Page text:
Local Single Moms balance parenthood, higher education

asingle%20momLocal single moms balance parenthood, higher education Education Written by Kristin Babcock Wednesday, 29 July 2009 00:00

After exhausting myself online with searching for numerous topics on parents, education and seminary, and coming up dry; I was blessed to find this article.  It gives me great hope for the adventure ahead that I am not alone in this journey.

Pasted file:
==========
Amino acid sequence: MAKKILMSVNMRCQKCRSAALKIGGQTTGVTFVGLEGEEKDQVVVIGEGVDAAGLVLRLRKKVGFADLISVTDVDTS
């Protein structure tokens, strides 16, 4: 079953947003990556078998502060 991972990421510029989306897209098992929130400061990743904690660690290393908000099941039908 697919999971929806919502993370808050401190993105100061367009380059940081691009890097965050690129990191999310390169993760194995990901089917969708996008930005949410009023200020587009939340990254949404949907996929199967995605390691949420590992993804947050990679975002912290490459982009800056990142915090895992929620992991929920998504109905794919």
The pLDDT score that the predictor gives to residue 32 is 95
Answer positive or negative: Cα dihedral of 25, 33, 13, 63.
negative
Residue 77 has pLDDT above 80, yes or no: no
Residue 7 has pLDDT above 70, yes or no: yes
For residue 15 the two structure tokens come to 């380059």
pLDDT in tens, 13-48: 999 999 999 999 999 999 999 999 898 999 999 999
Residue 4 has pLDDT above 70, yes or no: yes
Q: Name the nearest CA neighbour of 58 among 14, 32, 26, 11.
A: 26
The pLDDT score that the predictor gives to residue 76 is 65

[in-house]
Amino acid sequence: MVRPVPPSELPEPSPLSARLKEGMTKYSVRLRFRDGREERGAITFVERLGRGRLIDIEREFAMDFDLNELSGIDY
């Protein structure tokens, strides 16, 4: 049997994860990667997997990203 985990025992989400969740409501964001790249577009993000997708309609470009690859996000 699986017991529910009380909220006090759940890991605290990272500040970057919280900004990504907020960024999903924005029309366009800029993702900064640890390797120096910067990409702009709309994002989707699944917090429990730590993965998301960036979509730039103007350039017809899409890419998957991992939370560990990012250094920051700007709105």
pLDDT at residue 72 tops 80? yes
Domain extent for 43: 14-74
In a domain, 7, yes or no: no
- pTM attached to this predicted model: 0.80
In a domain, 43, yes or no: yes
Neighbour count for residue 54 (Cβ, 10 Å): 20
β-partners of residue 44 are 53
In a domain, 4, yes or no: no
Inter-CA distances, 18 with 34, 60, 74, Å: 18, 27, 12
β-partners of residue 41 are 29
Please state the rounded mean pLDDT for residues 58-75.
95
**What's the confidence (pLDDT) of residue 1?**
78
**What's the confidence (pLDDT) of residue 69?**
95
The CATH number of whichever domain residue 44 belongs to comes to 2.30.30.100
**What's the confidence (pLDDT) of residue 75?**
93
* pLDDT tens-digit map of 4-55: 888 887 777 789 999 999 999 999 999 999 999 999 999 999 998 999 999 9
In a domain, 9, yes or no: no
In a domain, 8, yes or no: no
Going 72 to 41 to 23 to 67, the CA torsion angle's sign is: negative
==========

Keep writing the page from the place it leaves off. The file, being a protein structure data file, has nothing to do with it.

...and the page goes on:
They have both lived with the label “single mom.” Stephanie Lattner, Olathe, is mother to 1-year-old Ian. Lisa Stevens, Lenexa, is a single woman who is the primary caretaker for two of her grandchildren. Both recently gained an additional title: college graduate. And both are going back to school for more education. Lattner, the first in her family to graduate from college, said receiving a bachelor’s degree in business was “a huge accomplishment.” “It’s hard to keep a job going and go to school,” Lattner said. “You have to be optimistic and positive and keep motivating yourself. Look at your children or your child. You want them to grow up comfortable.” Being a single mom and a student required balance, Lattner said. Recently laid off from a job at a grocery store, Lattner and her fiancé have struggled to make ends meet, she said. “I hope to get my foot in somewhere,” Lattner said. “That’s what I’m looking for some way. I’m looking to get my foot in the door somewhere and rise to the top. It’s kind of difficult right now with the economy.” The first step every month is to pay the bills, she said. “We don’t go out,” Lattner said. “We don’t do anything. We put our money away just in case we don’t have something for the next month. We just try to not spend any money. I make (school) a priority.” Often, people do not think of skilled prioritizing when they think of single mothers, Stevens said. “There are a lot of judgments,” Stevens said. “Our decisions are based on the needs of our family. There isn’t any luxury. We know how to budget. We can budget on a shoe-string. If any of us were to become president we could do a very good job. Our decisions would be well thought out because we’ve experienced the hardships we have. We can endure anything.” Stevens, who received a bachelor’s degree from Ottawa University in Overland Park, has always loved to learn and dreams of being a doctor of some sort, she said. She hopes to earn a PhD in psychology. She will soon start work on her master’s through an online university, she said. “I am interested in psychology and I want to help people come to terms with it and take care of it,” Stevens said. “If you help single parents, they won’t be on assistance for long. When you have education, you have respect.” So Stevens will do what it takes, she said. Most days, that means about four hours of sleep or less. She takes the children to child care, goes to school herself and works her job of helping out another family. She spends her Saturdays studying. Last year when gas prices skyrocketed, she “cried and cried,” and then figured out a way to take classes online, she said. After her recent graduation, she found a moment of long-awaited rest, she said, and took her first vacation in nine years to go visit family. “I look at the long-range goal of where I am going to be and how much I am going to be making,” Stevens said. “If I didn’t do it, I wouldn’t be able to survive when I am older and take care of myself. It is making the investment in myself and my family now.” Lattner’s dream is for her family to live comfortably, she said. “I want to be in a job that I know I’m going to be at for a while,” Lattner said. “I know I’m going to get paid. My son is going to have everything he needs.” While job searching, Lattner will work on a master’s degree in business administration. “You have to keep positive,” Lattner said. “You can do it. It’s hard. I keep looking at my son and say I can do this. I can keep a job going. I can go to school. I can keep my family going… I think I can do it.”

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